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Frequently Asked Questions About Breast Implants


  • What exactly is a breast implant?
    A breast implant is a sac (implant shell) of silicone elastomer which is typically filled with either silicone gel or saline solution. Breast augmentation and reconstruction surgeons implant these shells under breast tissue or under the chest muscle to create a bust line that feels and looks fuller. MENTOR® Gel Breast Implants and Saline Breast Implants come in a variety of shapes, sizes, profiles and surface textures to achieve the best results for any body type.
  • Saline-Filled Breast Implants
    Saline Implants are elastomer shells filled with saline (a saltwater solution) that is very similar to the fluid that makes up most of the human body. Saline Implants are inserted into the body without fluid and then filled with the saline fluid through a fill-tube during the operation to adjust and achieve optimal volume. MENTOR® SPECTRUM™ Saline-filled Breast Implants also allow for adjustments after operation.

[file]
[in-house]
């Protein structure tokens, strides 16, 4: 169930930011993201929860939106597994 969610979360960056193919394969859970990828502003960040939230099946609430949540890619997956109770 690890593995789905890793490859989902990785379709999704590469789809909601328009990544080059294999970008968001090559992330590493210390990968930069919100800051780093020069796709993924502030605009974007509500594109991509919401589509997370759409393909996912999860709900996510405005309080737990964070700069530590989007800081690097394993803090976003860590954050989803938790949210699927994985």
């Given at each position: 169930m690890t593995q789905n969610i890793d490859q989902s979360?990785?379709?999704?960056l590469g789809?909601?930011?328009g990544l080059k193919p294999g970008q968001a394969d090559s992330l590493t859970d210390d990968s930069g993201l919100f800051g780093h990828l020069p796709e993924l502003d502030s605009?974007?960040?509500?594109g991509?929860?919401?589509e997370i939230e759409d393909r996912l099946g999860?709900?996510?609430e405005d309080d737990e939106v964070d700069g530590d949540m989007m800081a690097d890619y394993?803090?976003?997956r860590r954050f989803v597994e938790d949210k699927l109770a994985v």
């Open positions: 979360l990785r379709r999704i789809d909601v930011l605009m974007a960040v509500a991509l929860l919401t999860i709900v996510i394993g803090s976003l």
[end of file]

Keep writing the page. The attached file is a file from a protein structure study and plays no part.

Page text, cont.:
• MemoryGel™ Breast Implants
    MemoryGel™ Breast Implants contain the current generation of silicone. They are pre-filled with Mentor's proprietary cohesive silicone gel — neither a liquid nor a semi-liquid — that holds uniformly together to deliver that “natural feel” that more closely resembles breast tissue.
  • What is the average life expectancy of a breast implant?
    It’s important to know that breast implants don’t last a lifetime. While it varies from woman to woman, it is likely they may need to be replaced at some time. Replacement is usually prompted by choice, such as a size change or an implant style change. Some women have a breast replacement because of a complication, such as deflation or rupture. For specific safety and effectiveness information, refer to the product information provided with the implant, or ask your surgeon.